The Best Digital Pianos: Features/Terminology

Graded hammer action: This feature involves weighting the keys so that they the bass keys are heavier to the touch, while the higher notes are lightweight. Grand pianos and concert pianos are designed with graded hammer action, making this a desirable feature for those looking to practice on an instrument that will feel exactly like a ‘real’ piano.

Touch Sensitivity: Touch sensitivity means that the harder you strike a key, the louder it will play.

Progressive damper action: This is a pedal function that allows you to control the level of dampening depending on how heavily you press the pedal.

Octave range: An octave is the full range of a scale. Grand pianos always have 6 octaves, and many digital pianos now offer this same range.

Polyphony: Polyphony is the measure of how many keys you can play at the same time.

Sound Engine: Digital pianos use a sound engine to recreate the natural sound of an acoustic piano through a series of samples.

Soundbank: A sound bank consists of built-in sounds, voices, songs, rhythms, and special effects that you can use while playing music. Keyboards can have up to thousands of programmed sounds and effects, while digital pianos usually have smaller sound banks.

Track recording: Many digital pianos and keyboards allow you to record music and layer tracks on top of each other. Using the digital effects, you can layer a string melody over a woodwind or percussion and vice versa. If you are looking to layer frequently, you should find a digital piano that offers 3 or more track recording layers.

Accompaniment: Accompaniment is a built-in recording (usually percussion) that plays in the background of your piano music in order to enhance your performance.

MIDI and USB connectivity: MIDI and USB ports allow you to connect your digital piano to a computer or another MIDI keyboard/technology in order to sample music and edit it with other software.

Digital Pianos Vs Keyboards: What is the Difference?

While many people use the terms keyboard and digital piano interchangeably, there are some key differences between these two instruments in terms of their designs, purposes, and features. To understand which one is better for you, let’s start with some definitions:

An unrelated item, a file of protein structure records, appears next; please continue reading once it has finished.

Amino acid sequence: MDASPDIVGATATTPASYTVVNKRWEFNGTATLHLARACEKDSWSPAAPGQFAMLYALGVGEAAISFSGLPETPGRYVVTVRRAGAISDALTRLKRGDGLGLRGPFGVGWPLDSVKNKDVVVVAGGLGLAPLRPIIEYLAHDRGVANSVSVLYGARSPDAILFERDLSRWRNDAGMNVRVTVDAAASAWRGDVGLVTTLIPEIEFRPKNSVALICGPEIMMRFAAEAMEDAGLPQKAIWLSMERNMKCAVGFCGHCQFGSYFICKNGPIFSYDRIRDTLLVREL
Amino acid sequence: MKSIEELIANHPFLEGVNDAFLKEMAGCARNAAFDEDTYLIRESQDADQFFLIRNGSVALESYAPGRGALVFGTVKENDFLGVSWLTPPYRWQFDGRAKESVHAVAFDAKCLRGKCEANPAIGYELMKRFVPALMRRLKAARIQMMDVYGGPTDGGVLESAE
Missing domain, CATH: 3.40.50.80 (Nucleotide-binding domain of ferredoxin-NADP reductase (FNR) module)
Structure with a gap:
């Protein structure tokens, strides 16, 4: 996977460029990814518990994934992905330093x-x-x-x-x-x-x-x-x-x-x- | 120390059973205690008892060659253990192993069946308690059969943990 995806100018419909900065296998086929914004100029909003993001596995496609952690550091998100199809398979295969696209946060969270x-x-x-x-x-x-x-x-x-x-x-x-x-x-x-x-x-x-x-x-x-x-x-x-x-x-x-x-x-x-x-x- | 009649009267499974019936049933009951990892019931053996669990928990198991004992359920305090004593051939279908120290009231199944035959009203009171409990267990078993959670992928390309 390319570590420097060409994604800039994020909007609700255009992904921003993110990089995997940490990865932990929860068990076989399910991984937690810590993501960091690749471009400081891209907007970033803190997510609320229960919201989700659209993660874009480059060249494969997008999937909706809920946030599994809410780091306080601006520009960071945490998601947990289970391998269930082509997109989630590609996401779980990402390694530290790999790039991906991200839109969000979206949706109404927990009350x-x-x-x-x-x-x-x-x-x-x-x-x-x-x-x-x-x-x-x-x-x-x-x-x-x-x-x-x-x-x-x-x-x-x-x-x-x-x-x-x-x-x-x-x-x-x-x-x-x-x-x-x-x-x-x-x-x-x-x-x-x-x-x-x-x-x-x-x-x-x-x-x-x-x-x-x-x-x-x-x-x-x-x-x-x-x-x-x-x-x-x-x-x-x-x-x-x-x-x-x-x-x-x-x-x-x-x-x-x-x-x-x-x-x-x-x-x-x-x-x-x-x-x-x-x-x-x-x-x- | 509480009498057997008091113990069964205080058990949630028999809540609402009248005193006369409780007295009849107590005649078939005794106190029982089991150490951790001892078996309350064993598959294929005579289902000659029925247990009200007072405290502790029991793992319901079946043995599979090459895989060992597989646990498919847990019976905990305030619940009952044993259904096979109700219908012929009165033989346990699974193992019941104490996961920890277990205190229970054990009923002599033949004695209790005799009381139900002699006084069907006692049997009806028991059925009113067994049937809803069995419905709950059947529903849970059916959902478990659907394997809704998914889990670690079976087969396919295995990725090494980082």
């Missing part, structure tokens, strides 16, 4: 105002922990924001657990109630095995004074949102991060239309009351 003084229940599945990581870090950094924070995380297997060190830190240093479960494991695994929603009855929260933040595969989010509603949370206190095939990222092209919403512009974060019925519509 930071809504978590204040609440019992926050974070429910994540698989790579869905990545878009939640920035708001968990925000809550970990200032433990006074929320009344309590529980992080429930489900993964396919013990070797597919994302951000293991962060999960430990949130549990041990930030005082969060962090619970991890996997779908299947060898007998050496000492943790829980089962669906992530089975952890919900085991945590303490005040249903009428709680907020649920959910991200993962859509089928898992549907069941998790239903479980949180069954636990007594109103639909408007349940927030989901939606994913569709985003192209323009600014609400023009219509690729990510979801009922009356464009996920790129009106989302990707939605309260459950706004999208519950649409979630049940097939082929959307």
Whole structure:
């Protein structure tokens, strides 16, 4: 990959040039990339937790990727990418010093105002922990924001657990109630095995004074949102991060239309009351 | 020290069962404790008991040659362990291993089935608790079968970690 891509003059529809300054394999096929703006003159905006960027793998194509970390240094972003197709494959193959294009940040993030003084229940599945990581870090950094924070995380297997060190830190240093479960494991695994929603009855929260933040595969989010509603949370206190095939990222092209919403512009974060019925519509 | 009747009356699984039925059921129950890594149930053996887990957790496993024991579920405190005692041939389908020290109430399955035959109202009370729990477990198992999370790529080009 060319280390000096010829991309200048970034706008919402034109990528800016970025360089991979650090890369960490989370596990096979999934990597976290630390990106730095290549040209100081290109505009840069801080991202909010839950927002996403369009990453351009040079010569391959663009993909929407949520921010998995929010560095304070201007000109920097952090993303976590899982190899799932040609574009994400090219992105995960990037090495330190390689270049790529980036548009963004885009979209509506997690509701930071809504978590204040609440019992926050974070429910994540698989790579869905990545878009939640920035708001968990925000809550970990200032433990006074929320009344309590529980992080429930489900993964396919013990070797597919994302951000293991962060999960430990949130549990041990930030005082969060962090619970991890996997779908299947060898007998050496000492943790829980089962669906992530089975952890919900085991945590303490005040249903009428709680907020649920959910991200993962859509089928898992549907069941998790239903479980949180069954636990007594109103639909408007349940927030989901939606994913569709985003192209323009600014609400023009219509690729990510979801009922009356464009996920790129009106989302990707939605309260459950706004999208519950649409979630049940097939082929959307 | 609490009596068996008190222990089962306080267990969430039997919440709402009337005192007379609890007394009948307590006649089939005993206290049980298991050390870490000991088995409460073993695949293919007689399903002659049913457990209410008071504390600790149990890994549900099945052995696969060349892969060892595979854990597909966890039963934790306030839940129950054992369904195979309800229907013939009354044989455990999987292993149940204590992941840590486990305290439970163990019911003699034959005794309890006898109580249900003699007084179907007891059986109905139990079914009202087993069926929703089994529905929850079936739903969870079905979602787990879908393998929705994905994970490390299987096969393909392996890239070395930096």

A keyboard is an electronic piano that is designed to create a variety of synthetic sounds using special effects. Keyboards are often programmed with hundreds, and even thousands, of sounds, including the ability to mimic other instruments including woodwinds, strings, percussion, and more. Compared to an acoustic piano, keyboards are generally smaller, consisting of an average of 61 keys (or 4-5 octaves).

A digital piano, also known as a “piano synthesizer”, is an electronic piano that is designed to replicate the sound, range, and feel of an acoustic or grand piano. These pianos are generally larger than keyboards and often consisting of 88 keys (6 octaves) just like a grand piano.

Both of these instruments can be used to create beautiful melodies while offering the advantages of portability and digital effects. For a quick breakdown of the advantages and disadvantages of each, we have created the following pros and cons comparisons:



  • Affordable: If you’re looking for the most affordable way to practice piano skills, a keyboard is usually the way to go. Keyboards can range from as little as $100 to upwards of $300-500 for a better quality build. Compared to a traditional piano or a digital piano these instruments are much cheaper, making them a great option for those on a tight budget.
  • Easy Portability: Because these instruments are usually made of lightweight plastic, they are highly portable and weight an average of 20-25 lbs. Compared to a digital piano which is usually designed to sit pretty permanently on a stand, these pianos usually sit on a basic “X” stand and can easily be transported.
  • Large sound and rhythm banks: If you’re looking for an instrument that gives you a large selection of electronic and synthetic sounds to choose from, a keyboard is a great option to look into. Many keyboards come with hundreds and even thousands of sounds, voices, rhythms, songs, and special effects built into the instrument.